Depending on the length of the gap, it could also be explained away by, "It was such a short time that I didn't feel it was worth mentioning", should they ask you. Commented May 29, 2015 at 12:05
  • 1
    This answer would be a lot clearer if it were written in a direct instead of semi-sarcastic style. It's not ever useful to say "Go do the thing and also it has consequences," especially without weighing the alternatives. Even the simple concept of space on a resume is valuable so I wouldn't want to waste 10% of the page on a job I don't feel is relevant.
    – user42272
    Commented Nov 25, 2015 at 21:50

If somebody were interested enough in you to perform a background check and find out that you have work experience not listed on your resume, then they will also be interested enough to at least ask you about it (assuming they even care).

If you are asked about then just say that you were trying to remove clutter from your resume so that you can focus on all of your awesome experiences in the past. A resume doesn't have to list every detail of your employment history. I keep a number of minor contract jobs off of my resume just because I don't want it to grab attention from work experience that really matters.

Honesty is the best policy and if that isn't good enough for an employer then screw them, they are being overly picky anyway. Assuming you work in a burning hot field like IT like I am, I could secure 4 different interviews tomorrow if I was so inclined. It is a sellers market (if you are skilled) in the IT field now so there is no need to worry about a company that doesn't really want somebody that badly or is just looking for somebody fearful that they can closely control.

We interviewers are not plotting and scheming a master plan behind applicants backs. We all think differently and look for different things and personalities. We all have different prejudices too. Something like this would be completely inconsequential for myself personally.

  • Furthermore, I have often been advised to skip work experience in unrelated fields.
    – Vorac
    Commented Jul 5, 2020 at 13:26

Disclaimer: My assumption is that this is not a high-level job where a background check will be conducted upon the submission of your resume. If that is the case, then please disregard the below suggestion as it will not apply to your case. My assumption is that there is a large pool of applicants and you want to maximize the chances to make it to the short list/interview stage.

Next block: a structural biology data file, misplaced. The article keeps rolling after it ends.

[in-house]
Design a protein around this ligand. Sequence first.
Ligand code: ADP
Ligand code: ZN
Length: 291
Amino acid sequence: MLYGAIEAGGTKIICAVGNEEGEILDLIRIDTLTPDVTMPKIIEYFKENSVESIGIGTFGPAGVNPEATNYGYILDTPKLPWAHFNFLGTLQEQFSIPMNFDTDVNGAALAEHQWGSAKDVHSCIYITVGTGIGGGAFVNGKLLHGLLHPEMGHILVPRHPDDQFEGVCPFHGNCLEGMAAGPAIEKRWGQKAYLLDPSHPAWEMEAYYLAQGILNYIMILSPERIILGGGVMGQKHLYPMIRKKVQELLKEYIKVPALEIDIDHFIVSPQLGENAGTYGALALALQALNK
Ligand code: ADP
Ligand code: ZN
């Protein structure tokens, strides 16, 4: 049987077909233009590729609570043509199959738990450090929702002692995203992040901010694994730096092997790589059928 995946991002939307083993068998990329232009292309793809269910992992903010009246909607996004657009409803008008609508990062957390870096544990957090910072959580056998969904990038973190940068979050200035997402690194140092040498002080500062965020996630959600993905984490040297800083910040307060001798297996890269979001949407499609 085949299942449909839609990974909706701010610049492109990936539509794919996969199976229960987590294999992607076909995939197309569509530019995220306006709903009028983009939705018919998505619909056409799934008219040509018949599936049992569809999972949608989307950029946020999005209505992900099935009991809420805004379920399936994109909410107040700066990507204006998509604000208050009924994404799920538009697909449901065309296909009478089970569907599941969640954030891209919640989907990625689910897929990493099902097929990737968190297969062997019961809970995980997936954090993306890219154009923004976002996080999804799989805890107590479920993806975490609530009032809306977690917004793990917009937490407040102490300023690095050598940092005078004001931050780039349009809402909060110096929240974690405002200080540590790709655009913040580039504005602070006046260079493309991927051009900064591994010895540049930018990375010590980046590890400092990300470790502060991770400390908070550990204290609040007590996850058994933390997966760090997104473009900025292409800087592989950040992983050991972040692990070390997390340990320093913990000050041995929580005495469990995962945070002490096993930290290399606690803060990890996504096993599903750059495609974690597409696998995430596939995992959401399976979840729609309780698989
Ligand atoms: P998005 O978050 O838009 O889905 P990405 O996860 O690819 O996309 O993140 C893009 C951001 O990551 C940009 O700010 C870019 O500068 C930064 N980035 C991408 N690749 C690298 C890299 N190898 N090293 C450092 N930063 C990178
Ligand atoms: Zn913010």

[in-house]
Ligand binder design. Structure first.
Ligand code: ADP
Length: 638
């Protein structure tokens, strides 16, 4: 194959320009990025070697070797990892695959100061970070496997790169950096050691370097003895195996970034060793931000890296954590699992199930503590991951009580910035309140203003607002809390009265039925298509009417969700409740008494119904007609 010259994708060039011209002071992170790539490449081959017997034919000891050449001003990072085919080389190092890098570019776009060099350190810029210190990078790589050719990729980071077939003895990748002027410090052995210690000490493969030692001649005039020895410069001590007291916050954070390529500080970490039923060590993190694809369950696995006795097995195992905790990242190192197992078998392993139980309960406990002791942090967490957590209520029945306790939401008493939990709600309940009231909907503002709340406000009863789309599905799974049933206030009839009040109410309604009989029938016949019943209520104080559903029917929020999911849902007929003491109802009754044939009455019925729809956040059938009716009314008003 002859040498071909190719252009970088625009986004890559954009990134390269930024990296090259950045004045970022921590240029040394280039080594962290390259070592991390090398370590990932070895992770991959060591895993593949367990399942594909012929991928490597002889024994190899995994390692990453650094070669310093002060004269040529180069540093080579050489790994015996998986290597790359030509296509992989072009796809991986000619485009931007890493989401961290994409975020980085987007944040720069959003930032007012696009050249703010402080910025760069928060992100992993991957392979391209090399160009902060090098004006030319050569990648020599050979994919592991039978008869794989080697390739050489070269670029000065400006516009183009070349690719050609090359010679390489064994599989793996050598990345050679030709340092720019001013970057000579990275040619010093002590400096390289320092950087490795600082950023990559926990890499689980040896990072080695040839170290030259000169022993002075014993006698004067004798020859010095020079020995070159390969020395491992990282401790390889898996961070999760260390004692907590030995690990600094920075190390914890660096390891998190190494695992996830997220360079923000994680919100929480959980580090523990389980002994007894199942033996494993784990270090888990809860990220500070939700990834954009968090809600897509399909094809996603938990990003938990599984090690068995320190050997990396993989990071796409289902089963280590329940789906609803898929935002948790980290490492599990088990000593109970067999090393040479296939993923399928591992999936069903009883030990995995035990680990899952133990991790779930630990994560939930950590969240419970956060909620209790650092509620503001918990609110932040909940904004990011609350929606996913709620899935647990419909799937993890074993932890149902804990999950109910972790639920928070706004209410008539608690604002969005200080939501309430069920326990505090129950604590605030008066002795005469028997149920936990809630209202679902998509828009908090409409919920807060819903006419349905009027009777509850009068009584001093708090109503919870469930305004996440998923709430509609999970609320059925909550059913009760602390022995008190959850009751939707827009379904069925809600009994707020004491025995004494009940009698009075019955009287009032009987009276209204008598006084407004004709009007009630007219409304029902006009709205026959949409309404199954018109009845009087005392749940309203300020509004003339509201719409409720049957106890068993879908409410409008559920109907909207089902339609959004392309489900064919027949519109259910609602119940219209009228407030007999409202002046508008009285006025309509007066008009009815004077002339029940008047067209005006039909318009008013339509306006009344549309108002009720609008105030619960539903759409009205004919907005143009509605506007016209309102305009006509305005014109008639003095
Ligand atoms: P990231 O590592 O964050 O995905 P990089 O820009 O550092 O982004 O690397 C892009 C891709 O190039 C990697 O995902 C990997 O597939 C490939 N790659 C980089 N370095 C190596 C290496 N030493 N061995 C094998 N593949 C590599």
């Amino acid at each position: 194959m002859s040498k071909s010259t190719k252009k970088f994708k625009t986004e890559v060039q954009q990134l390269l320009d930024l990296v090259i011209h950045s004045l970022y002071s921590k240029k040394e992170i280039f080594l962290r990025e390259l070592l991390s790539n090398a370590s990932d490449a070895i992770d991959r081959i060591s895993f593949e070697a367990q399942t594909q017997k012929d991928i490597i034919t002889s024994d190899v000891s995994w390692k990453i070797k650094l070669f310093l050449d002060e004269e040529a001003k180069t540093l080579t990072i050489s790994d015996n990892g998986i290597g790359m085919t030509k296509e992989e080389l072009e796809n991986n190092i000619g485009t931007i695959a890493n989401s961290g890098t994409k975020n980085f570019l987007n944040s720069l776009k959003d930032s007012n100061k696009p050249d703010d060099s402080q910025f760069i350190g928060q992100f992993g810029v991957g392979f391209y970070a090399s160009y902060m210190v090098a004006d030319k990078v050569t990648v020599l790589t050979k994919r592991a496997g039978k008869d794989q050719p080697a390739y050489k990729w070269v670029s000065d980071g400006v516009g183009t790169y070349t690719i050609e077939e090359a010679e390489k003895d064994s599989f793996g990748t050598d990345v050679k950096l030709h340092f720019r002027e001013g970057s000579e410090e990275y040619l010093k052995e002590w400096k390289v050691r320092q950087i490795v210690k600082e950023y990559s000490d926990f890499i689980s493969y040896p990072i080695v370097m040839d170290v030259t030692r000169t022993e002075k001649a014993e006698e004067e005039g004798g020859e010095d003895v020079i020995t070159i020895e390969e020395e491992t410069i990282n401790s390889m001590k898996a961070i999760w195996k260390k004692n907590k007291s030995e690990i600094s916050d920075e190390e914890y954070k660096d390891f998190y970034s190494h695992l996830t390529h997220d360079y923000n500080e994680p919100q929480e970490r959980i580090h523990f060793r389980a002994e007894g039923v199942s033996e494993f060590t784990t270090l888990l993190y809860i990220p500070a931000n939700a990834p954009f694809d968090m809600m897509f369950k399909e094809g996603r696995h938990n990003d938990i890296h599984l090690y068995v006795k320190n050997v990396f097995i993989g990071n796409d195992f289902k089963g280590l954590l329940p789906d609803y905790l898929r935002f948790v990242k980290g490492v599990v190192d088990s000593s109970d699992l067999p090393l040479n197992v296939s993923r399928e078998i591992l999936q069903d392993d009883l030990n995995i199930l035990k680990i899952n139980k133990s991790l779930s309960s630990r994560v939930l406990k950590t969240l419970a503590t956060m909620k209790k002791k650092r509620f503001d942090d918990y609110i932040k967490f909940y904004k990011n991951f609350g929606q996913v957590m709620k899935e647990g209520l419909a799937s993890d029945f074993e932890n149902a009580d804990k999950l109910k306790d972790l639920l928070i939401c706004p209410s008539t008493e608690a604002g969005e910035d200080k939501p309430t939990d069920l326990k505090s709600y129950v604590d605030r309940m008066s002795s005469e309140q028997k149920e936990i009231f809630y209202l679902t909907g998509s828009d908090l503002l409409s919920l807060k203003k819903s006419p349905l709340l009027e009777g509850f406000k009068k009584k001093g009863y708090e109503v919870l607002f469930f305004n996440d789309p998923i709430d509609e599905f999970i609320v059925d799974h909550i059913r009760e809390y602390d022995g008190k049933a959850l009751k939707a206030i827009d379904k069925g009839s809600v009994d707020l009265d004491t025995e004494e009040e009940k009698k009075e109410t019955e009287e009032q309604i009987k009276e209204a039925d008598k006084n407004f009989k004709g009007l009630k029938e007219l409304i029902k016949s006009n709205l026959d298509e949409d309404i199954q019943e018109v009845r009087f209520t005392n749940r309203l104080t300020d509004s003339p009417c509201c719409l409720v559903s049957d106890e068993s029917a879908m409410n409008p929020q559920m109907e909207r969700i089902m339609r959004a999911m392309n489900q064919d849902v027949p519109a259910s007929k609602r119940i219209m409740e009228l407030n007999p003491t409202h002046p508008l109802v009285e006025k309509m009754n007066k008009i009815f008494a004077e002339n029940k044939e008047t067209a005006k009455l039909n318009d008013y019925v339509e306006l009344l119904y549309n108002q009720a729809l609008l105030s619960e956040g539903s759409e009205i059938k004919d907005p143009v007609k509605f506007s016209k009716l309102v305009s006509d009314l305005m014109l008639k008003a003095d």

If you leave it on...

Every single employer will ask you, "Why did you only work there for X weeks?"

Without fail.

Some employers may simply throw your resume in to the bin because of such a short term employment (especially if there is no explanation in the resume).

If you leave it off...

Some employers will ask you, "Why is there a gap of X weeks in your resume?"

They may know you were employed (due to LinkedIn or headhunters) or may not. Regardless, you have to give an answer to explain the gap.


If you had a job immediately following those X weeks, and a job immediately preceding them, then don't list dates on your resume (you can just list months, since you will have no gap that way):

  • August 2004-September 2005: Company X
  • September 2005-September 2005: Company Y
  • October 2005-Present: Company Z

Clearly you can leave out the "company Y" portion without raising any eyebrows.

If you didn't, and the gap will show up regardless, I would suggest to leave it off the resume. Prepare to have it asked in interviews. You can answer it many ways.

  • Truthful: "I left company X for reason Y"
  • Embellished: "I was at a point where I wasn't sure where I wanted to go with my career"
  • Untruthful: "I spent X weeks working on a side project/personal business/taking care of an ill family member, etc."

Which you pick is up to your sense of ethics, how bad the reason for leaving job X was, what you did before and afterwards, etc.

If you have a good reason (I joined company X immediately before they got sued by Google for patent infringement) then truthful is fine. No harm, no foul, what can you do if the company goes bankrupt or faces impending doom totally unrelated to your hiring? If the reason is not so good (you got fired, you quit in a huff, you got a better offer and immediately jumped ship), then your ethics will determine how dishonest of a response to give (just ambiguous, or downright untrue).